However, do not rely on your security software too much. Antivirus software may not detect new versions of malicious software. In other words, even a full scan may not recognize ransomware with 100% accuracy.
Create a Backup
In-built ransomware security and recovery tools are not helpful if you need to restore high volumes of data. And antivirus won’t always protect your data from ransomware.
That’s why recovery from a backup is the best Office 365 ransomware protection practice. Backup is a safe copy of your files which means you get back your items even if they were encrypted with ransomware. You can try Spin Technology to backup your files and protect them from ransomware at the same time.
3. Make Cyber-security Training for Employees Mandatory
One of the leading Microsoft Office 365 security issues is not cyber-attacks – it’s a human mistake. Human blunders let threat actors in the system, and this is what makes these mistakes so dangerous.
Security education for employees is like preventive medicine: it works, but often delayed as a secondary concern. Businesses don’t care about potential risks until they become urgent problems with tremendous potential losses.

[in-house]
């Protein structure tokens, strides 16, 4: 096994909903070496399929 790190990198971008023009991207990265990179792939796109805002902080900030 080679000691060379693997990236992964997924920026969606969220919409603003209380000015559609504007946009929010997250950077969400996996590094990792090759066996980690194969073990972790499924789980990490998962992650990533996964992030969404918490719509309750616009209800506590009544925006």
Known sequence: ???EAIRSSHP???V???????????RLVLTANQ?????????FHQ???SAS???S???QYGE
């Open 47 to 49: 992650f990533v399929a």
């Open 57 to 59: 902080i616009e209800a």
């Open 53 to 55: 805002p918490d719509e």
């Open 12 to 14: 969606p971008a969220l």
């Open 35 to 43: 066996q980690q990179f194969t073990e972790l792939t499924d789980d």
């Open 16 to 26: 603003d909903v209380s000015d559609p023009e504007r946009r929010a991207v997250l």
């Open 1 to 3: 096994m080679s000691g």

At the same time, human error is on the top of cyber-security concerns. People’s carelessness and ignorance in security matters cause notorious losses for businesses. People are usually the ones who let the cyber-criminals and hackers in the system in the first place.
Here are just a few human mistakes that will harm your organization:
- Sharing sensitive and secret company information with third-parties
- Clicking on infected links and attachments
- Accidentally deleting important information
- Being easily tricked by social engineering tactics
Provide your new-coming employees with security awareness training. You have two options: to instruct your security department to prepare it.